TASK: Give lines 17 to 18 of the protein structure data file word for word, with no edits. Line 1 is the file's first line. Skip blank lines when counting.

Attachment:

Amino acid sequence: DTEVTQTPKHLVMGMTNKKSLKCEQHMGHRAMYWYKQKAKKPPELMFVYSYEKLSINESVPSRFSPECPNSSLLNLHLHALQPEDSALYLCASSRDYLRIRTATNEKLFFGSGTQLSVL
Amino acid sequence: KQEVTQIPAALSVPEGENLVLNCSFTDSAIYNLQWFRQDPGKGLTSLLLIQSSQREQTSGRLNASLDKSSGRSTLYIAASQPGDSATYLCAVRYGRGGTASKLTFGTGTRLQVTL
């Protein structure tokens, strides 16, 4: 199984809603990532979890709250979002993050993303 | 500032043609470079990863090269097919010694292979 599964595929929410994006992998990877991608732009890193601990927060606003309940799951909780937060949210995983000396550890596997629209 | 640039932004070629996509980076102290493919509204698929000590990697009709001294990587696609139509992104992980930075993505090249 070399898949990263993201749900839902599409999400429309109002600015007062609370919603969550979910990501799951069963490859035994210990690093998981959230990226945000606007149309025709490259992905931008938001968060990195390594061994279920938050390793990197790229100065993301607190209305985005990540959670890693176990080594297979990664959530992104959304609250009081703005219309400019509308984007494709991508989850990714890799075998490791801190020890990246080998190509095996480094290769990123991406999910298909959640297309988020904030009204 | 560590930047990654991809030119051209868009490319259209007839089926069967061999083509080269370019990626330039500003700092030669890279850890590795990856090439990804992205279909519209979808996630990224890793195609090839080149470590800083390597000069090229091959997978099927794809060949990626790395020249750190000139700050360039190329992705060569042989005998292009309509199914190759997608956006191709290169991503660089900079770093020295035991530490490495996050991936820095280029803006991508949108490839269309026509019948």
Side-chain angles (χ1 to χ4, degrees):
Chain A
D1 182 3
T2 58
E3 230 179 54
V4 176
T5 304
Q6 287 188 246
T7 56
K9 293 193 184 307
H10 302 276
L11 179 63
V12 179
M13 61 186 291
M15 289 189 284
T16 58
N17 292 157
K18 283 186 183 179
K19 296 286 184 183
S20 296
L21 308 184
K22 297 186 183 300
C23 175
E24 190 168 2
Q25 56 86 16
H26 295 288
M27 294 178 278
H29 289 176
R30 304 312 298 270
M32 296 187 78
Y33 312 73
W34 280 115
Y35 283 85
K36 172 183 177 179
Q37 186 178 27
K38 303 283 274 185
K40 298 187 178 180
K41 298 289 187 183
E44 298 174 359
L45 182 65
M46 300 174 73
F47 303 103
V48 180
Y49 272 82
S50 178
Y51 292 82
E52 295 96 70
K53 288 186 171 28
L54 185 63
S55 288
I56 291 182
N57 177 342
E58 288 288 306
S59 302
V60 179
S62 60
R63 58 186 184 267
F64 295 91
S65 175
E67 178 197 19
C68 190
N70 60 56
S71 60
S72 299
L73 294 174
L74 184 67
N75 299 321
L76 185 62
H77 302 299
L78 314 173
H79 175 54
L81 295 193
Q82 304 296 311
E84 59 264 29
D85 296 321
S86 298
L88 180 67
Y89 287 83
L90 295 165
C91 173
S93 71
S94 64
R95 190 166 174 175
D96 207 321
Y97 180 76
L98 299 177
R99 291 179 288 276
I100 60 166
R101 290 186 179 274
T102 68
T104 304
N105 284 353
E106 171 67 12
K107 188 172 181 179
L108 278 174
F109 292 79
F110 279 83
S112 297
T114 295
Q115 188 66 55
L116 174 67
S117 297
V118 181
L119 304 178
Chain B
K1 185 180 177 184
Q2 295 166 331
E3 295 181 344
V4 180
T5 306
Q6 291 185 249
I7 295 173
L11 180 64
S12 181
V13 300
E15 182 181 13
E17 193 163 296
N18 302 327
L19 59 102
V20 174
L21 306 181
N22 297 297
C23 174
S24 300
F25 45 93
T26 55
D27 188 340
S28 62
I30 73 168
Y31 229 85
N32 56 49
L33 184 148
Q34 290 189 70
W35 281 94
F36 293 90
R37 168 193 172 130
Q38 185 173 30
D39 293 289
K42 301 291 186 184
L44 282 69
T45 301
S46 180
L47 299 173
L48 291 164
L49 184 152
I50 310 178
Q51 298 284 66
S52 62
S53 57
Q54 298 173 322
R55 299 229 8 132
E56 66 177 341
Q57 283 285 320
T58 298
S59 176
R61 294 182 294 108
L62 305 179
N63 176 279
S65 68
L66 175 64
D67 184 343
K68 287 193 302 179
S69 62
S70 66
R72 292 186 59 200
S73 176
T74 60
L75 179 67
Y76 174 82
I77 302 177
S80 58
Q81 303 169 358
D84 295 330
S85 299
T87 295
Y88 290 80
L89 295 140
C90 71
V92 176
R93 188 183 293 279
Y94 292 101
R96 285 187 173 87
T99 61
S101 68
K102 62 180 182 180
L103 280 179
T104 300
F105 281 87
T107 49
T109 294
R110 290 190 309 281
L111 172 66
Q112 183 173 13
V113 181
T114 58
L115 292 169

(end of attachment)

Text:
M13 61 186 291
M15 289 189 284